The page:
Molly Janczyk

Molly Janczyk to ORTA: It is a new day and you will not attract new members with this kind of decision

From Molly Janczyk, March 17, 2007
Subject: Re: ORTA Refuses to Publish Column
I think this is an excuse by ORTA for perhaps several reasons. Too specific naming persons and organizations and not in line with what ORTA articles generally are: generic: Chapman's articles are nice and generic say not much of anything of any import. It is a new day and you will not attract new members with this kind of decision. Newer retirees want total truth and more contemporary attitudes. The website has been updated, thinking needs updating as well.
There is no reason for this and if a problem existed, it should have been worked out and certainly mentioned on Thurs. during the discussion on it going out on CORE Alert.
We are also an avenue of info and research and issues. Does one paper not report a story because another one does? This is not acceptable and easily rectified.

Friday, March 16, 2007

ORTA drops the ball again

From Kathie Bracy, March 16, 2007
Subject: Publishing Dennis Leone's column

Dear Mr. Seamon,
I am very puzzled about your decision not to publish Dennis Leone's latest STRS Report so that many thousands of retirees would be informed about what is happening with their pension system.
I understand you have indicated there is a policy that prohibits ORTA from publishing such a column in the Quarterly if it has been distributed beforehand. I have some questions I would like to have answered.
  1. When did this policy go into effect?
  2. How is it worded?
  3. What is the rationale for such a policy?
  4. Has the ORTA board ever considered revising/updating it? If not, why?
Surely, you are well aware that in this age of technology, news travels at an incredible speed, and those of us with computers are able to take advantage of this, while many have to wait for newsletters, etc. I am extremely grateful to ANYONE who can get news to me quickly about what is going on at STRS. Why in the world would I want to wait for a newsletter that comes out a few times a year to read important news that is happening NOW? Why does ORTA persist in clinging to such an outdated policy? This is the 21st Century -- WHEN IS ORTA GOING TO GET ON BOARD? No wonder many retirees STILL have no clue about much of what is happening at STRS. YOU PEOPLE ARE KEEPING IT FROM THEM!! I hope you are proud of that -- I sure wouldn't be.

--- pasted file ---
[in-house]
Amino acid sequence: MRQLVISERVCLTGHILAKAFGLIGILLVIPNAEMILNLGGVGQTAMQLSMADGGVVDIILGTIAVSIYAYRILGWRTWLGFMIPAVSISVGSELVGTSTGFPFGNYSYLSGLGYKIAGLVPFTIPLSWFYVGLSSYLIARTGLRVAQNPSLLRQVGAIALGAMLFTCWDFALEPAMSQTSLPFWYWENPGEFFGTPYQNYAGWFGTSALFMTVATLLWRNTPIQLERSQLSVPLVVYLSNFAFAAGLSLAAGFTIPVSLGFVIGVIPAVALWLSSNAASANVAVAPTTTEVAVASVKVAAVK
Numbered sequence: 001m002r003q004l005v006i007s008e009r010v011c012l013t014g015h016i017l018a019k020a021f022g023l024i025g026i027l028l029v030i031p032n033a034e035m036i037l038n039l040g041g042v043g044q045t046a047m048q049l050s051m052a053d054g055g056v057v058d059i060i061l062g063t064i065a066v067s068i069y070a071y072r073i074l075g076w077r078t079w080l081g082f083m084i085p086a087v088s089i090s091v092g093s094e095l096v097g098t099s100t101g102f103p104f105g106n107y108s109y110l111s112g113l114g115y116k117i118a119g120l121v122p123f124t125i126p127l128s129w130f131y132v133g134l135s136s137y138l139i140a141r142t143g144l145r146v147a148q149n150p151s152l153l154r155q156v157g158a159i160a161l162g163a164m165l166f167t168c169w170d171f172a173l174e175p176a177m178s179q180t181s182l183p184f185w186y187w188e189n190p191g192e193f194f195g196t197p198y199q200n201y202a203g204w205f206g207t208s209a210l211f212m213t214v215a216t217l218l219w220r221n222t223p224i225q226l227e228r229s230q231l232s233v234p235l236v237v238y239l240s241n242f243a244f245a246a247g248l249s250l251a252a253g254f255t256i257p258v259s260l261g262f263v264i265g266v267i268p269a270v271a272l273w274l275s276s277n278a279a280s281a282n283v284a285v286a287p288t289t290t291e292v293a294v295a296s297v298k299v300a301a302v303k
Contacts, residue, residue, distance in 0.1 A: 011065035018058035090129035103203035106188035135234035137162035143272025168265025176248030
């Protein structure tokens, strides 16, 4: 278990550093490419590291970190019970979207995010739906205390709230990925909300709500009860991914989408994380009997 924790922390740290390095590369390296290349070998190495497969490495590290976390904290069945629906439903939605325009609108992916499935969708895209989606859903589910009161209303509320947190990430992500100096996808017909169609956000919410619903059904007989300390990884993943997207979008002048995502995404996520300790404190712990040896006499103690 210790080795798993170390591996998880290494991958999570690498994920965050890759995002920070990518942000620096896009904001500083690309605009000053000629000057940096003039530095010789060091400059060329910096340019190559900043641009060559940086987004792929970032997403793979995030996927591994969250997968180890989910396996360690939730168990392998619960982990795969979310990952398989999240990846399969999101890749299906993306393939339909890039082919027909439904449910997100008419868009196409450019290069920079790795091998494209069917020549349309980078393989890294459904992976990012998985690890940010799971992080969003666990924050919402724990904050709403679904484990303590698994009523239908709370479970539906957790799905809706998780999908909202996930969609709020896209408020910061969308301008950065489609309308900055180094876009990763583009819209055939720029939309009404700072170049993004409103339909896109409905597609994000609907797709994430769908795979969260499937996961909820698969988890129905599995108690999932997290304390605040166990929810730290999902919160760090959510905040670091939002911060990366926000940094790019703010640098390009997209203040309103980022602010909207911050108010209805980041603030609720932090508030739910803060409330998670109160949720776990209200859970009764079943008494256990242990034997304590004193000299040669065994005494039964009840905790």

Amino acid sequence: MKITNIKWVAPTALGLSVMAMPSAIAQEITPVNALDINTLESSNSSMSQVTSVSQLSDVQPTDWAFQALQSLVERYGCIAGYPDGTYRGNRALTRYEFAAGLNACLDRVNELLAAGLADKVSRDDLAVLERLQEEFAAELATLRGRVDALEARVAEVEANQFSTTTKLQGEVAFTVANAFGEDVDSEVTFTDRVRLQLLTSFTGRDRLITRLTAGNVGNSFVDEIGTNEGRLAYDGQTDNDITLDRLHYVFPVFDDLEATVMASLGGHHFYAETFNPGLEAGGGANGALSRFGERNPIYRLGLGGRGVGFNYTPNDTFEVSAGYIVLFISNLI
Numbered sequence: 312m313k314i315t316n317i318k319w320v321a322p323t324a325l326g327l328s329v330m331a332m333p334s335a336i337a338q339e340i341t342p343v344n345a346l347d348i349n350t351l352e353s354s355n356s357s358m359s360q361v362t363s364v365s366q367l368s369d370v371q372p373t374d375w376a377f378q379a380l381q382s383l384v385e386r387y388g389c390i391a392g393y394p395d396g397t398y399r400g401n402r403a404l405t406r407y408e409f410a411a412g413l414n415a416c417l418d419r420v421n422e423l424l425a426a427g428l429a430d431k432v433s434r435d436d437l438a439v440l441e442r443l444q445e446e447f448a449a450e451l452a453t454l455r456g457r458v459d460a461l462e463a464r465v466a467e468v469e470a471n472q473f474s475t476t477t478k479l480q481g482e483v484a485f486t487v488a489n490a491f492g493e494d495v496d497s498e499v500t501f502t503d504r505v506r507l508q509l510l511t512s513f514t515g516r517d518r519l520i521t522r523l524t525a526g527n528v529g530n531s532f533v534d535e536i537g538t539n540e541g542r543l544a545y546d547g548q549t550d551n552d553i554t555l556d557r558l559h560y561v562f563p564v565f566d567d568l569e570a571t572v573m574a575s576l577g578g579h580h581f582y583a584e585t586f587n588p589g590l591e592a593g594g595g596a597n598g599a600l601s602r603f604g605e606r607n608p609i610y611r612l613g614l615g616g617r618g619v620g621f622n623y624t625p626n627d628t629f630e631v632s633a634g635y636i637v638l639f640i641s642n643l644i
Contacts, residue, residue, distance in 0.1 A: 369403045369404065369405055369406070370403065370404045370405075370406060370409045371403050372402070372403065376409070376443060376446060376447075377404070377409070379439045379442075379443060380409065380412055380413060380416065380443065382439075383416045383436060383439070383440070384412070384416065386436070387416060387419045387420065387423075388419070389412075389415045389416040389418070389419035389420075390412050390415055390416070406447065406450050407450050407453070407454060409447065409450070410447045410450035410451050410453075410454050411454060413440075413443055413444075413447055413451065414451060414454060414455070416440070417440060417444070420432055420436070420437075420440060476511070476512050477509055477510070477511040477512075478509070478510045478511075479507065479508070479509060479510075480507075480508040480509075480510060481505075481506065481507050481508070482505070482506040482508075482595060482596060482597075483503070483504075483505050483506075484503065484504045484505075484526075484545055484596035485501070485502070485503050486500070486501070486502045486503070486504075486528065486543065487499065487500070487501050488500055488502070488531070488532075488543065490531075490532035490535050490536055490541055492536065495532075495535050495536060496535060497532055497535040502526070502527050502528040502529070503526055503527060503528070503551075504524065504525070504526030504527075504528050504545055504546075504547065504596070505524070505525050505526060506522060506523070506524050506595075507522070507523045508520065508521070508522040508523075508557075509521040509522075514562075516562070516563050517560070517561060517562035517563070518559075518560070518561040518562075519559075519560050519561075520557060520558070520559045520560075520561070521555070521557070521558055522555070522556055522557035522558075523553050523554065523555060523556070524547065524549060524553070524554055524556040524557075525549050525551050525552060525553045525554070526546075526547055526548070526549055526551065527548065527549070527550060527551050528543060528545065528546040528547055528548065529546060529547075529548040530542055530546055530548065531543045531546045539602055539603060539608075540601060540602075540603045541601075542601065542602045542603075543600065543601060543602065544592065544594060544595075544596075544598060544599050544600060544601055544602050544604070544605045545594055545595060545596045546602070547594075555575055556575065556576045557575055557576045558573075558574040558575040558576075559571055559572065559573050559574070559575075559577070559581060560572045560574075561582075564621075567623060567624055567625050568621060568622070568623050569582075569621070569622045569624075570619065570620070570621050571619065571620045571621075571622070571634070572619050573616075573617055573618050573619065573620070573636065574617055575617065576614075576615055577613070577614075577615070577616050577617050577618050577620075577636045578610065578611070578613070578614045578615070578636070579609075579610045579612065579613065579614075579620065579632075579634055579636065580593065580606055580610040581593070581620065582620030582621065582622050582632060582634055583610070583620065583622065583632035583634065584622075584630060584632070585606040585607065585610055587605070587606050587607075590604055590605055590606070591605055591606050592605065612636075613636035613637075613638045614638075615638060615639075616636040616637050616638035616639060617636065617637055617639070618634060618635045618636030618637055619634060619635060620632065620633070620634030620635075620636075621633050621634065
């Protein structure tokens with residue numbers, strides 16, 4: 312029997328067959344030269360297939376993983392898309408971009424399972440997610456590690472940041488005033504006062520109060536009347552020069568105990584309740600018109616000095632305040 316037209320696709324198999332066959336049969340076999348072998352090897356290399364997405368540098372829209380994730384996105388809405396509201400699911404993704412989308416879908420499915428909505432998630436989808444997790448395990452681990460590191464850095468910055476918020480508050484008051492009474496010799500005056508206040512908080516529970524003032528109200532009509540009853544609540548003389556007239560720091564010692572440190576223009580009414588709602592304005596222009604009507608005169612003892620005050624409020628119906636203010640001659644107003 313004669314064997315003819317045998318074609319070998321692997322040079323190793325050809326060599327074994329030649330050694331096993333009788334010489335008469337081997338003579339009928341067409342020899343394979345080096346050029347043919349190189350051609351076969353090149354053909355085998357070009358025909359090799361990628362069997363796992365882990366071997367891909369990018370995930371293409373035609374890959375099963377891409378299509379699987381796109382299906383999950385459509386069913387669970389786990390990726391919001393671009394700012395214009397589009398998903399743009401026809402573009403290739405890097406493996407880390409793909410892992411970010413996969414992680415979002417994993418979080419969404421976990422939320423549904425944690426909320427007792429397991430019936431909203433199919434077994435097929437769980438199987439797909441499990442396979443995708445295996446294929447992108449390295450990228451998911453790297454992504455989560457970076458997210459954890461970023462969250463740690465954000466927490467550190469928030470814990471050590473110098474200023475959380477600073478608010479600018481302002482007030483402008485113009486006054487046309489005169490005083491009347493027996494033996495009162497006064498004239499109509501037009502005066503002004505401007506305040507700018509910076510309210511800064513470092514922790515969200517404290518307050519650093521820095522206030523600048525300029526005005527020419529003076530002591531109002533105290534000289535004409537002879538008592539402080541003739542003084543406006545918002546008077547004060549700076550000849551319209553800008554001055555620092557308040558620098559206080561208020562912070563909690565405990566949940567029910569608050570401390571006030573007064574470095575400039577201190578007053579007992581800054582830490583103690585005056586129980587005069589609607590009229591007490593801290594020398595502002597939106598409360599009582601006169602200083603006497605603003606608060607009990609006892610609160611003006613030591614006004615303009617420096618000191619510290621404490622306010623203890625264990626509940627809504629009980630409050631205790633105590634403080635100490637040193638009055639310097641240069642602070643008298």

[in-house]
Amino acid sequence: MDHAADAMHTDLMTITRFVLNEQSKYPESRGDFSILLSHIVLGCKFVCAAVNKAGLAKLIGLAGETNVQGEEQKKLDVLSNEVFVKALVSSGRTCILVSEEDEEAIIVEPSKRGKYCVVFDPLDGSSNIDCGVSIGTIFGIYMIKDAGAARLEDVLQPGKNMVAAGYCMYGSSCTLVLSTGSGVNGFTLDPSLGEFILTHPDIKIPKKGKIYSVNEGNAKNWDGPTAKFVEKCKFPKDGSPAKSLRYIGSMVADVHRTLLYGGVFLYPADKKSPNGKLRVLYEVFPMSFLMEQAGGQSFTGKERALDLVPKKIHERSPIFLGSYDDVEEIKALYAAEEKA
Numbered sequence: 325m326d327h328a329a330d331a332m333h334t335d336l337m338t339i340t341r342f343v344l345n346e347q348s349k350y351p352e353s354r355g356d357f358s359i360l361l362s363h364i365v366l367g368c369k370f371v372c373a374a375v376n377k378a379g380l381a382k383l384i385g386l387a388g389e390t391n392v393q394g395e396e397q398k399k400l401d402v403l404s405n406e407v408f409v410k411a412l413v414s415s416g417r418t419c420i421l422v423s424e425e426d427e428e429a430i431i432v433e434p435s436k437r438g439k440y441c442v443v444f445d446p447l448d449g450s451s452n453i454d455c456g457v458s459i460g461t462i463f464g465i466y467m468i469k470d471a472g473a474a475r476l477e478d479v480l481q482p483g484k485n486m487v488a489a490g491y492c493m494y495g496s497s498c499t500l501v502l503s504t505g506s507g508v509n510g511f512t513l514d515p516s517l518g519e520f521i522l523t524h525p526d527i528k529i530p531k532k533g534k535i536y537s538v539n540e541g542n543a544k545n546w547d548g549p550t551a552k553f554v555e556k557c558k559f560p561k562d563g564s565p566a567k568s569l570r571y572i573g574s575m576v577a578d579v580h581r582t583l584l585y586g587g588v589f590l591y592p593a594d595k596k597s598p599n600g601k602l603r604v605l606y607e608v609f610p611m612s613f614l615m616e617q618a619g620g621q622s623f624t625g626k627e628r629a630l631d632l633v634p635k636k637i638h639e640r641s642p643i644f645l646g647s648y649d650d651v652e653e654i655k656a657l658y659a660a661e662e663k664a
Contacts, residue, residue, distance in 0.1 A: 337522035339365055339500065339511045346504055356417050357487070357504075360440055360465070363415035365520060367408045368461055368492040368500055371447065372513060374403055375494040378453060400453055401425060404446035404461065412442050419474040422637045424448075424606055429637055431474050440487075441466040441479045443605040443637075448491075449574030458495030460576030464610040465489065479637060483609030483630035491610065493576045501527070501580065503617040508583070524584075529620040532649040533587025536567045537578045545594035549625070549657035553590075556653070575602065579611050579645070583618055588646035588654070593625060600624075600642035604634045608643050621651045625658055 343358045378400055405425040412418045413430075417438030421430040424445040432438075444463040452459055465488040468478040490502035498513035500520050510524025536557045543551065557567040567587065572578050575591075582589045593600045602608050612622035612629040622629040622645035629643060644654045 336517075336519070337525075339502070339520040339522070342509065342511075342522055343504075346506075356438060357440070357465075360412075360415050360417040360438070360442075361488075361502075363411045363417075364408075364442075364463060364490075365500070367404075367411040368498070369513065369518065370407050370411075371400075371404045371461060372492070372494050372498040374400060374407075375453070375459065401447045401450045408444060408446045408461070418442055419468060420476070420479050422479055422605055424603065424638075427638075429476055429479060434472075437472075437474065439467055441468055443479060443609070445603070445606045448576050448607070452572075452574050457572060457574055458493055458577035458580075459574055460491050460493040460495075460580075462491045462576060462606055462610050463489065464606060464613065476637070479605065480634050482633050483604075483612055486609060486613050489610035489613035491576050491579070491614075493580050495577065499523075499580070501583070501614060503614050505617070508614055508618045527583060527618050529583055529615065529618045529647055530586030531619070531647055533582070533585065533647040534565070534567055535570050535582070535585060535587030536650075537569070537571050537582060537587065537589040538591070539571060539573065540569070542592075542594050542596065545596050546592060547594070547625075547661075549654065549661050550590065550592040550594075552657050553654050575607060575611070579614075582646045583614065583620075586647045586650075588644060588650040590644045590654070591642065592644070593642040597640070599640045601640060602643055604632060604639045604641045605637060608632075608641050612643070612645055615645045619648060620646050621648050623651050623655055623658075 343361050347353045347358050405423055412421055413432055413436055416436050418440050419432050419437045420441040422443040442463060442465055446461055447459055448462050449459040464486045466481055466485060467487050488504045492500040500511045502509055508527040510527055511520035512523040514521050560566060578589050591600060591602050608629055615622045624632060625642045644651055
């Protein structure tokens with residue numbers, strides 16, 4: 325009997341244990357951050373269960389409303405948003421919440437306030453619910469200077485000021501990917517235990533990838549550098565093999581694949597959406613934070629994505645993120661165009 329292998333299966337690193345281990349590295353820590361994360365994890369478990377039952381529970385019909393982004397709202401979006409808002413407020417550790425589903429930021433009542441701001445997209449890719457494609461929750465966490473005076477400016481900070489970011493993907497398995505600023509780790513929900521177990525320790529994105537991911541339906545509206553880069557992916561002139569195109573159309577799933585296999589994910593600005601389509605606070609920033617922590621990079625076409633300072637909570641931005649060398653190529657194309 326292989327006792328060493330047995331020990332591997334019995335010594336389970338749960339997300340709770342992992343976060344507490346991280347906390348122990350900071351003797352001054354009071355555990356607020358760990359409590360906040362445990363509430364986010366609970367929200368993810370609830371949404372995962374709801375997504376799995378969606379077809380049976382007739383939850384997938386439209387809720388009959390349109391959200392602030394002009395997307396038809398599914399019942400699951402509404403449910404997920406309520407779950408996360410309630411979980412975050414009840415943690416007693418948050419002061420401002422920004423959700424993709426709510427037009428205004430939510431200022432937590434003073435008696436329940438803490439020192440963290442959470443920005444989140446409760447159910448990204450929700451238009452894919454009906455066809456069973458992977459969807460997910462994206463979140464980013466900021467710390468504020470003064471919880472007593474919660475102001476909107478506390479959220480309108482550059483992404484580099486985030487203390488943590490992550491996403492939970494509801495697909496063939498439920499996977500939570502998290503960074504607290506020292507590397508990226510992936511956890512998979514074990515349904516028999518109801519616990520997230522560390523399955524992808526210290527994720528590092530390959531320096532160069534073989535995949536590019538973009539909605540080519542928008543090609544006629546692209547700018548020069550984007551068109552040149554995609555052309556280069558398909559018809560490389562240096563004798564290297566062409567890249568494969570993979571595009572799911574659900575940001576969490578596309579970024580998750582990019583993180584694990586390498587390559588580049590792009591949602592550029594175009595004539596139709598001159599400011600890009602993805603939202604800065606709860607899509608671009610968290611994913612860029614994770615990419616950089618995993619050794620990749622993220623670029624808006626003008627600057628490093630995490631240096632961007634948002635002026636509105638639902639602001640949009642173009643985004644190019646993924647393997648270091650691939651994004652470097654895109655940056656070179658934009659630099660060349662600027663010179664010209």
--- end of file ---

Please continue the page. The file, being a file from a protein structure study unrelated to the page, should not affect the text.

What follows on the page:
Kathie Bracy
Life member of ORTA, but not proud of it

CORE and one-upmanship by ORTA? The beat goes on and on and ON........

Dennis Leone to Kathie Bracy, March 16, 2007
Subject: Re: ORTA Refuses to Publish Column
I called Don Bright, ORTA president, tonight at his home in Bowling Green. I told him that at no time did anyone tell me that there were privacy conditions with anything I wrote. I also asked him "what's the difference anyway.......shouldn't the real issue be what retirees are entitled to know?" This should not be an ORTA issue of who is first to publish something.
I told him that Ann Hanning or he should have called me. In fact, I told him, neither Ann nor he has ever called me about anything since I've been a board member. Nothing about the policies I have advanced, nothing about the changes that have occurred, nothing in the way of input or support or suggestions. Nothing. That's it. His response tonight: "We'll try to do better."